Thursday, January 6, 2011

One Word Resolutions

Although I missed my weekly critique meeting on Wednesday night, I heard about one of the things they did. While reporting their writing progress for the holidays each person gave a one word resolution for their personal and professional life. Words varied and more could certainly be added. Subtitles might focus closer to what people think of as resolutions. Think about these words in your life.

Connect - with friends, relatives, writers, editors and anyone who means something to you. Two members lost various people in their lives over the holidays. They want to remember what or who is important in life and connect with them.

Dream - whether professionally or personally. Dreams could include book publication or simply selling that first article/story.

Finish - Everyone in the group goes through periods of dropping projects and leaving them unfinished. Some have their fingers in several pies and feel they need to focus and complete one at a time.

Try - to do better both professionally and personally. Try new projects, i.e. leave their comfortable box.

Promote - Had I been present, I'd have suggested promote. I need to venture out of my shell and network and promote my book and myself.

Improve - self. Most everyone could stand improvement in some aspect of their lives whether it be in writing or living every day.

A few other words to think about:

Study - by attending workshops, conferences, writer's luncheons and reading.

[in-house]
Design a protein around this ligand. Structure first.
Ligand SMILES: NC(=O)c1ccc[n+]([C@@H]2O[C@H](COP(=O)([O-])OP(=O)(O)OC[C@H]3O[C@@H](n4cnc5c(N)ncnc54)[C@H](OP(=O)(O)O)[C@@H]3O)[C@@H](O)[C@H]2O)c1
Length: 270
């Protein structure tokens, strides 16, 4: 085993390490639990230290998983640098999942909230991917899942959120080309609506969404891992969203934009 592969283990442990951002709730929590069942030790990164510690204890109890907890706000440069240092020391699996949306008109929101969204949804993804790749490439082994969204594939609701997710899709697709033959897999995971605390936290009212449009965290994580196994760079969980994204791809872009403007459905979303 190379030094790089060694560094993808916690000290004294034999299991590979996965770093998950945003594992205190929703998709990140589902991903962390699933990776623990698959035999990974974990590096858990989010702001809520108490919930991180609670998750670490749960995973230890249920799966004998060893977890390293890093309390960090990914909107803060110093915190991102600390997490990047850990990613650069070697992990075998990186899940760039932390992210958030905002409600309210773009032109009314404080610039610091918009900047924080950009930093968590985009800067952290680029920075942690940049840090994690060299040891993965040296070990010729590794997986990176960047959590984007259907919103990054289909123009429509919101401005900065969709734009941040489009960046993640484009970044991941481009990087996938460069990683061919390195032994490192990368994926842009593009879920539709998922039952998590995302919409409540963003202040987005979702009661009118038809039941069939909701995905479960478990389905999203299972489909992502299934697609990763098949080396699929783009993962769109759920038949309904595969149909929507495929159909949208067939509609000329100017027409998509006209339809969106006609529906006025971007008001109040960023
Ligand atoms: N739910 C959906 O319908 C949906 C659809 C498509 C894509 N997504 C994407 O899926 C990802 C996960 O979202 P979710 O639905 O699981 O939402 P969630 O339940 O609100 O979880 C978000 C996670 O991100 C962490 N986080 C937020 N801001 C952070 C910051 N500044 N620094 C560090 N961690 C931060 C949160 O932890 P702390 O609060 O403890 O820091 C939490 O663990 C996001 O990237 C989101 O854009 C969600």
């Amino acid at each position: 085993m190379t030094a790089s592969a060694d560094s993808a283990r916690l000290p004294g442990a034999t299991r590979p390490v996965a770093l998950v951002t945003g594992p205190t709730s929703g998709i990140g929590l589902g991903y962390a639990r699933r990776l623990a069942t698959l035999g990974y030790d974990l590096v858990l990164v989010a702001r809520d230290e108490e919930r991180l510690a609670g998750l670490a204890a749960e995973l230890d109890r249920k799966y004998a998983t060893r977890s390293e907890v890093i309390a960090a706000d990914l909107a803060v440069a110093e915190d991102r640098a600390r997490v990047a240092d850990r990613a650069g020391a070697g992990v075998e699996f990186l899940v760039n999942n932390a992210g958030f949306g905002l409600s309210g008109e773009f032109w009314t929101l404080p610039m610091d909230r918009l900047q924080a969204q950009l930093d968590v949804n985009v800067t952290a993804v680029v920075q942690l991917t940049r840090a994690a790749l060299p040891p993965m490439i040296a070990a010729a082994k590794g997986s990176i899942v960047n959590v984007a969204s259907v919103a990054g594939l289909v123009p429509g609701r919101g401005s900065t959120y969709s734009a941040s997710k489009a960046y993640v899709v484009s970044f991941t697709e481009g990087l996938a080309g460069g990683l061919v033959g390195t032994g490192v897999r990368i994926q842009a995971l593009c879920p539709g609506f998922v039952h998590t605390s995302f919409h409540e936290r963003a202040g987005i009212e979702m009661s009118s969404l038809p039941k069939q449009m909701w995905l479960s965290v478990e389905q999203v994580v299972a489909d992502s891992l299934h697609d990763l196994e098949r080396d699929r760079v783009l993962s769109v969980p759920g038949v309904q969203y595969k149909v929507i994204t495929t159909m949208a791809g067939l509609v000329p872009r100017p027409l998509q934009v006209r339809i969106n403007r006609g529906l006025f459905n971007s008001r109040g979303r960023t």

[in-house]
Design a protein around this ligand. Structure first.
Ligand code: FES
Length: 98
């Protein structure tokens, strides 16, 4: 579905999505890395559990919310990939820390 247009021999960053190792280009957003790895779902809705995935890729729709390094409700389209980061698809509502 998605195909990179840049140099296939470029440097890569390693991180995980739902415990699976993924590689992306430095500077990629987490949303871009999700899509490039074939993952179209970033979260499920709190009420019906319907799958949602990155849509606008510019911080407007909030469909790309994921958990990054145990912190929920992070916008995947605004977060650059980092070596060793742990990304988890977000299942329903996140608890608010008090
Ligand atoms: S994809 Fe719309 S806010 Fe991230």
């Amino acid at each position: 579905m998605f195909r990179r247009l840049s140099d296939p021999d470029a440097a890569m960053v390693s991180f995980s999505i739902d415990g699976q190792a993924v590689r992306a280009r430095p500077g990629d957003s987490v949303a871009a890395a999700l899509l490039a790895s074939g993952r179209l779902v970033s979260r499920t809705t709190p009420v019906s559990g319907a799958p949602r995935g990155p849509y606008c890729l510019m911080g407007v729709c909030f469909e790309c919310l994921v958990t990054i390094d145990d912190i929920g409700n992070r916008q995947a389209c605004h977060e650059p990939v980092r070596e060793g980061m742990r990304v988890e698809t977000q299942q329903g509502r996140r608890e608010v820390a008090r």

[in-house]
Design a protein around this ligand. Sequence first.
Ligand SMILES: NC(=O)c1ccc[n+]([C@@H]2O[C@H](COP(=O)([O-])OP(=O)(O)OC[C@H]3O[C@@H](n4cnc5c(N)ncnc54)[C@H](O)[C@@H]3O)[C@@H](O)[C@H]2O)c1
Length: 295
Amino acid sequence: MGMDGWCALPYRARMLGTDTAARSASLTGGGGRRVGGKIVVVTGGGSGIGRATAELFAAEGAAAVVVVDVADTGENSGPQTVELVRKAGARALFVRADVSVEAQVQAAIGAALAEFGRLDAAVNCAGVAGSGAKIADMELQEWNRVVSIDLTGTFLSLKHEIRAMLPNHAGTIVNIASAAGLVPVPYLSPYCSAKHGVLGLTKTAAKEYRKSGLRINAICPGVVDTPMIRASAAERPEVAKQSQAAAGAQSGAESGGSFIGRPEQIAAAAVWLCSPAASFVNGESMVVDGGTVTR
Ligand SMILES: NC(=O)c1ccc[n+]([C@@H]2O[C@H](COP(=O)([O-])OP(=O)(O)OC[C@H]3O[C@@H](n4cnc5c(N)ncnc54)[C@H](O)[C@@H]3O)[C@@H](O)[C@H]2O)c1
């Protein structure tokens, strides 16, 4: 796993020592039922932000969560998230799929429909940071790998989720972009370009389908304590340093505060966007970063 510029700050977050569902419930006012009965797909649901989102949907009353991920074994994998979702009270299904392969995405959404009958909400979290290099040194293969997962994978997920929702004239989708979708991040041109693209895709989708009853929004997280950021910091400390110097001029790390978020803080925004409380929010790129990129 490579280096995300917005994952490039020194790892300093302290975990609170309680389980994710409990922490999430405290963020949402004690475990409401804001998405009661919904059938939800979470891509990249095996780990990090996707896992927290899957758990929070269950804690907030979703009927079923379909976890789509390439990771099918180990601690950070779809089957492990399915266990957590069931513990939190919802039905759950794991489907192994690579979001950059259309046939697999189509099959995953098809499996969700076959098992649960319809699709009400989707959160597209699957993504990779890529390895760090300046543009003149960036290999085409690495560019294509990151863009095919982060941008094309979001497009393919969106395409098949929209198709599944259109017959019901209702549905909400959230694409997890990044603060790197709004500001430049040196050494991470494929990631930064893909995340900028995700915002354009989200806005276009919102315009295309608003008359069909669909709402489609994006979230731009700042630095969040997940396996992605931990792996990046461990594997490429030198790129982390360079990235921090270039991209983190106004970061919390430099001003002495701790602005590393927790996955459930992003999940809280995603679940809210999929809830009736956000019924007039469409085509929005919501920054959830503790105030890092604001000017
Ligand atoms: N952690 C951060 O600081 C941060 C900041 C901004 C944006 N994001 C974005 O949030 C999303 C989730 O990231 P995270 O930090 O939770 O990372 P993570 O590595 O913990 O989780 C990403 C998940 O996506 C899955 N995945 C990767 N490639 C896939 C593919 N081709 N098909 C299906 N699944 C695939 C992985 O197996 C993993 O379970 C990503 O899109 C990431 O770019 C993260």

Exercise - both physically and mentally. Exercise your mind. Get out of your chair and move around to get the mind working.

Network - every chance you get. Pass out bookmarks, business cards, flyers, etc. Talk about your publications. Meet those editors at conferences rather than standing back and watching others network.

If you have other one word resolutions, tell us about them.

Monday, January 3, 2011

New Year's Resolutions

HAPPY NEW YEAR,Writers. May your year be filled with publications, signings, writing and all of your desires.

When planning your writer's New Year's resolutions, be reasonable. Remember that you want to have some success with your goals. Set them high, but not too high. For instance, last year I set a goal of submitting something every week. I may not have succeeded at every week but I did make 52 submissions. That may not sound like many in the light of the fact some writers have that many submissions circulating at all times! Actually, I exceeded that number by 10. Of course, not all were accepted - in fact, only 37 acceptances and most of those were for free. I write an every-other-week column for the Lyons Recorder in exchange for the editor's husband developing and maintaining my website and personal domain email.

My acceptances did include one book contract, which, as I've said many times before, comes out February 15th. So this year my resolutions will concern promotions for the book as well as writing.

Some resolution suggestions:
1. Write every day
2. Submit a reasonable number of articles, stories or books
3. Build a better writing portfolio
4. Add to or develop a platform
5. Keep better records
6. Promote better

Good luck. If you have resolution suggestions, make a comment.